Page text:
Awkward Clusterfly - Pollenia rudis
The typical cluster fly Pollenia rudis is about 7 mm long, has short golden-coloured hairs on the thorax and irregular light and dark grey areas on the abdomen. Cluster flies are typically slow moving and pass the winter as adults so are very common in early spring.
There are 8 Pollenia species in Britain, most of which require microscopic examination to key out. See ID Aids below. Pollenia rudis is generally the most common species though some of the others are also common.
- yellow hairs on thorax
- patterned abdomen
- yellow/orange rear spiracle
- dark palps
- facial ridge between the antennae
- 2 or more anterodorsal bristles on the mid tibia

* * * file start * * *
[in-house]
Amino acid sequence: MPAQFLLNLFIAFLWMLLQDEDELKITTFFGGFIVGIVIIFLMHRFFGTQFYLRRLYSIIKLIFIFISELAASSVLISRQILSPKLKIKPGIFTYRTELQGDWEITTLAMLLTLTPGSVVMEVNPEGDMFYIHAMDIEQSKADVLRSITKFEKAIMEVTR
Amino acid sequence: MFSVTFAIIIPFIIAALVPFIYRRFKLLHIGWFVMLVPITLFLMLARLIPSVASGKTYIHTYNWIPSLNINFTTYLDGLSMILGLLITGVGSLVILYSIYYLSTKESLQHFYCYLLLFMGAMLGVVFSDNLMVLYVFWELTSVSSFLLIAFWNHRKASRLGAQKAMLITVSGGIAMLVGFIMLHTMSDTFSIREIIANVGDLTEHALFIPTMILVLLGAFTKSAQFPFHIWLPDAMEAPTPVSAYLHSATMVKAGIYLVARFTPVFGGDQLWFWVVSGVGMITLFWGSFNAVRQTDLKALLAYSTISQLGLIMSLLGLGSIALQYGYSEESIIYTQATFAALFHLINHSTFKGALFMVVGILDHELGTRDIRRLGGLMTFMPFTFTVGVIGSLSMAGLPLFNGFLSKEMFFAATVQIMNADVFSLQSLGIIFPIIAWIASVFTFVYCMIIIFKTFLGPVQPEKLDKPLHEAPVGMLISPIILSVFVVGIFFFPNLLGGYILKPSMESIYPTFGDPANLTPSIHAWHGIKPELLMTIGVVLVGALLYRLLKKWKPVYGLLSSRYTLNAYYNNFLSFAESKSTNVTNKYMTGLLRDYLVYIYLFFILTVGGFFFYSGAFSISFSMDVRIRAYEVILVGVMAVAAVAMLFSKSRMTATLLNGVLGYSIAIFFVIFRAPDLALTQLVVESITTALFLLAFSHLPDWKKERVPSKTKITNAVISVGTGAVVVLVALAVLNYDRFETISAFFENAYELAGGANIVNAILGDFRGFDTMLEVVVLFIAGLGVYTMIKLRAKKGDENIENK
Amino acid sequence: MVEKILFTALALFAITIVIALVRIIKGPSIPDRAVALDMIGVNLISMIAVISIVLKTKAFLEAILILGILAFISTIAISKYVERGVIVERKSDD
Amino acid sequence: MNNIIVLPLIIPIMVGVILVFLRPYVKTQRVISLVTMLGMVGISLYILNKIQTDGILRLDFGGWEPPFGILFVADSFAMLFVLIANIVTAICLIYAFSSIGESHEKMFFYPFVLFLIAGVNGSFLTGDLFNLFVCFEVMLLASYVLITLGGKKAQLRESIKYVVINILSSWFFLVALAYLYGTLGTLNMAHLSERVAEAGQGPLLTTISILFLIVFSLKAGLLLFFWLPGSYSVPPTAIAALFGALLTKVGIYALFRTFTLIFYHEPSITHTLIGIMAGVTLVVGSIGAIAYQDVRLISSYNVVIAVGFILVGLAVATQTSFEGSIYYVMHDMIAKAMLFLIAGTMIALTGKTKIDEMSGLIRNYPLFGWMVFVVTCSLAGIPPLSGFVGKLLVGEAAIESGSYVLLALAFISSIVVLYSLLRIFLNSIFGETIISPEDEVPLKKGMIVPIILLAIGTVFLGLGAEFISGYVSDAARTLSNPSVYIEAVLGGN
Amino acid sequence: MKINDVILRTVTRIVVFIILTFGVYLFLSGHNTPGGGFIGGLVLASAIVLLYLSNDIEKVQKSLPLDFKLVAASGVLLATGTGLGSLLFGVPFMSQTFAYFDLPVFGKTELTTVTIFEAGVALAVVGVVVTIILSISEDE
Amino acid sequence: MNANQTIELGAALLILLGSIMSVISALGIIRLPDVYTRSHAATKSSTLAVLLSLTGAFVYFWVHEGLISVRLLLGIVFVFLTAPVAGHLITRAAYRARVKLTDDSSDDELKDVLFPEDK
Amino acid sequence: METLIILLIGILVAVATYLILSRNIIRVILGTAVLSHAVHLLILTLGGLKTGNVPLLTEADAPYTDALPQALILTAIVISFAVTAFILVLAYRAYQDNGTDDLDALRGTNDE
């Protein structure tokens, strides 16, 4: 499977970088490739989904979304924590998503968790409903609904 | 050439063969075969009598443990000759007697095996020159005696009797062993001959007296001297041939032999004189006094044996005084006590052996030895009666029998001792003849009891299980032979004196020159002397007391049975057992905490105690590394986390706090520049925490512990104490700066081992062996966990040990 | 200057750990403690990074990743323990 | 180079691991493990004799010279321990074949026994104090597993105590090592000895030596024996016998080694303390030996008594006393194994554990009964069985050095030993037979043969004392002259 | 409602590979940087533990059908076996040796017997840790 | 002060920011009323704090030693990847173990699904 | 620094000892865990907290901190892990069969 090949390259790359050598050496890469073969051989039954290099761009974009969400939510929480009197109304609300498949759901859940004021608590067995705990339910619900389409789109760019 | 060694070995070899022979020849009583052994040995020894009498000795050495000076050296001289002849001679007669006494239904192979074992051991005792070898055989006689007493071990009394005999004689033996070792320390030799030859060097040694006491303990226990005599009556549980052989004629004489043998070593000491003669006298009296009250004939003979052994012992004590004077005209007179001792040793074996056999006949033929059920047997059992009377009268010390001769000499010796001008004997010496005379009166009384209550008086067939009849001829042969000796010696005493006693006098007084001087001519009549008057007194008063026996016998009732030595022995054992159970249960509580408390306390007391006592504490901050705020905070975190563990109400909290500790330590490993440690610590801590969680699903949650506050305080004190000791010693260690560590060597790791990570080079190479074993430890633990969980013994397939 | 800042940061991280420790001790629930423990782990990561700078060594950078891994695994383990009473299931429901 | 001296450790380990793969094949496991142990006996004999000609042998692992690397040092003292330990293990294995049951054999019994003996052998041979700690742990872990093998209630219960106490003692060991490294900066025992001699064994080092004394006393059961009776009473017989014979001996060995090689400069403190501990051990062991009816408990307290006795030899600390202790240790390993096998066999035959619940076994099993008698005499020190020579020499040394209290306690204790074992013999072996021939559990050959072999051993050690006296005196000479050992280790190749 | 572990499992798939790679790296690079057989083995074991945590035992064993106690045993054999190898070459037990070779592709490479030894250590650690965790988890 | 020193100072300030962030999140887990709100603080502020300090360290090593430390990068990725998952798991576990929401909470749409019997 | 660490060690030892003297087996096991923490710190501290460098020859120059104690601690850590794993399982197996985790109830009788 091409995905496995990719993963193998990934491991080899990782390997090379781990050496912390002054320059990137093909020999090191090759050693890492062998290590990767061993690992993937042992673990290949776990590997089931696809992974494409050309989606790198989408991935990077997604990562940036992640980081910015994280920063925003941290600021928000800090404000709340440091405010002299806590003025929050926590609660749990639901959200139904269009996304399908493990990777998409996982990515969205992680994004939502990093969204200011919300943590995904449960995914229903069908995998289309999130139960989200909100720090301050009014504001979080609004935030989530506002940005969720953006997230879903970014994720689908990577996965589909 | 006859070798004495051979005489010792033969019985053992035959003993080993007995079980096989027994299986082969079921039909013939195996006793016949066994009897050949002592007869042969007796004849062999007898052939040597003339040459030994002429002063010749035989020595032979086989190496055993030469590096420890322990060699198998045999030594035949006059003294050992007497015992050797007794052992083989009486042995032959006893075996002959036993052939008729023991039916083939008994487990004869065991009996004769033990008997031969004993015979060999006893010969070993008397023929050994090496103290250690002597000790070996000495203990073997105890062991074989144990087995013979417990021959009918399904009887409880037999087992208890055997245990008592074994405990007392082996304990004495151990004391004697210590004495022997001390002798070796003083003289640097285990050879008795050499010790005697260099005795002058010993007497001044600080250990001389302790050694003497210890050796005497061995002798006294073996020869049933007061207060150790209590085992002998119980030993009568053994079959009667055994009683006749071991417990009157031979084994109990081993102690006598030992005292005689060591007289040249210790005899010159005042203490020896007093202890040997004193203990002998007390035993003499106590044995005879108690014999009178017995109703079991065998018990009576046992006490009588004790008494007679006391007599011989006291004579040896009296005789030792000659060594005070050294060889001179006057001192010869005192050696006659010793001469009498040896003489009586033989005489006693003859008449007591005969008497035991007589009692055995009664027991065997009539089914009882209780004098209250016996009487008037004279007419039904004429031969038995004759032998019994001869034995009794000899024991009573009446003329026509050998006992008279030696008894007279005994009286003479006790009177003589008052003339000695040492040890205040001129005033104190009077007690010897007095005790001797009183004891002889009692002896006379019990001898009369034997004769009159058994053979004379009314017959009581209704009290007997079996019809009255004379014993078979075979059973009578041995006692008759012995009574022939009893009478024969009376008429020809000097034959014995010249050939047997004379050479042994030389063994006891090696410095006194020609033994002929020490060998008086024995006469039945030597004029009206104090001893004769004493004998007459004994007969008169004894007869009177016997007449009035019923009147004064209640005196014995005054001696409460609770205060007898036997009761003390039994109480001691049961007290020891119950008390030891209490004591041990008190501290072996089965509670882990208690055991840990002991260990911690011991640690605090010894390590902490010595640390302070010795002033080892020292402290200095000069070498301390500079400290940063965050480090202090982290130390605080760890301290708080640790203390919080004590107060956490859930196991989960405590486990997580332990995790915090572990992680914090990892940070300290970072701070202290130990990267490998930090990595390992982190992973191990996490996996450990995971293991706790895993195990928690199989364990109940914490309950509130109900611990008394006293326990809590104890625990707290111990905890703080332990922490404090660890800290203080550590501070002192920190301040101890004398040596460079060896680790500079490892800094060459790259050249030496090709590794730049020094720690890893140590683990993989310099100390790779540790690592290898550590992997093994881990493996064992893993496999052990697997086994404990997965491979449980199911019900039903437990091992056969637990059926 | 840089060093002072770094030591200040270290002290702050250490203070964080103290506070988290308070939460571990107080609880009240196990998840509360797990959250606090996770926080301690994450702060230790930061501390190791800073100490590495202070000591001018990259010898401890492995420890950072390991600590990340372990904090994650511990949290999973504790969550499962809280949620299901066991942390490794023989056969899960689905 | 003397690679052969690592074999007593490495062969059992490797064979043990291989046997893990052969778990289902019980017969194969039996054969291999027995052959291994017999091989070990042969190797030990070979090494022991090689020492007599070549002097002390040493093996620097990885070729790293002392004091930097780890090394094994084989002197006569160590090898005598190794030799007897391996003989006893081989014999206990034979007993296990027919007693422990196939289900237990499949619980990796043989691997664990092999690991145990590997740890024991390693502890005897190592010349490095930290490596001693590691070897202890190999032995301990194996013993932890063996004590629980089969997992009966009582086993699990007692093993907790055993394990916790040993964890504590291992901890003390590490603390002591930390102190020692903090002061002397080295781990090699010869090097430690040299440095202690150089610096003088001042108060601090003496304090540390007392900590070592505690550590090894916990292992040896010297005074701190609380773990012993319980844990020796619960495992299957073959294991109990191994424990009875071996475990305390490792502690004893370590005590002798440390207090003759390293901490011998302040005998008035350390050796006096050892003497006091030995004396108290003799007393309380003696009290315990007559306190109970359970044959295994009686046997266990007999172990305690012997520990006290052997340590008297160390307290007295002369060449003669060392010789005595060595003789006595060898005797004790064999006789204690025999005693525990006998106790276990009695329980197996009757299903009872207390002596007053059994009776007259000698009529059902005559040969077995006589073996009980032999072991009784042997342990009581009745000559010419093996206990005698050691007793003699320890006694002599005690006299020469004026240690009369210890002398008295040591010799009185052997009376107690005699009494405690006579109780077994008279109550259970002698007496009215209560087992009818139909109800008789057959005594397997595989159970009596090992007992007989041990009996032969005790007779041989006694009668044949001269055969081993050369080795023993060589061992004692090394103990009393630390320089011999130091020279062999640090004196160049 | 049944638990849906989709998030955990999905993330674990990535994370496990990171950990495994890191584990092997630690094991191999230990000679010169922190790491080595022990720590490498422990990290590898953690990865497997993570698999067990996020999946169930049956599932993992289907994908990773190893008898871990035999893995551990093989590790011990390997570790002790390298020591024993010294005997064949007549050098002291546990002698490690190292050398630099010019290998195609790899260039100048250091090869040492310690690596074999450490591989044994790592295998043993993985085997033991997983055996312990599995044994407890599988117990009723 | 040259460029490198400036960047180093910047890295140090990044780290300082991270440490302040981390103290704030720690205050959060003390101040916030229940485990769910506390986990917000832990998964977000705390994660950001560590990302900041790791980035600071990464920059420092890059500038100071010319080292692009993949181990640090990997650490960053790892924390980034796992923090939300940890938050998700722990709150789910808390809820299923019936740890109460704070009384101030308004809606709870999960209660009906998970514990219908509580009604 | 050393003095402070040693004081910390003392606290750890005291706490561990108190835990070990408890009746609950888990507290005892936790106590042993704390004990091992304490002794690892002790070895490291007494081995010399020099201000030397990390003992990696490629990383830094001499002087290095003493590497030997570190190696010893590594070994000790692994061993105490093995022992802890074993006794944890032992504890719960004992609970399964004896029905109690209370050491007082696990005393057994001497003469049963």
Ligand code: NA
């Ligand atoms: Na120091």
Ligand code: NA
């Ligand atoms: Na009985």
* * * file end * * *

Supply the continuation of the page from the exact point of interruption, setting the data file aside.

Explain how you identified this fly and the key features.
In autumn, it can be commonly found sunning on sheltered fences and tree trunks.
All year round.
Cluster flies are so called because they congregate, often in large numbers, to hibernate in attics and out-houses. Its larvae parasitise earthworms.
Widespread and common in Britain.
Common in Leicestershire and Rutland
Leicestershire & Rutland Map
Enter a town or village to see local records
Yellow squares = NBN records (all known data)
Coloured circles = NatureSpot records: 2020+ | 2015-2019 | pre-2015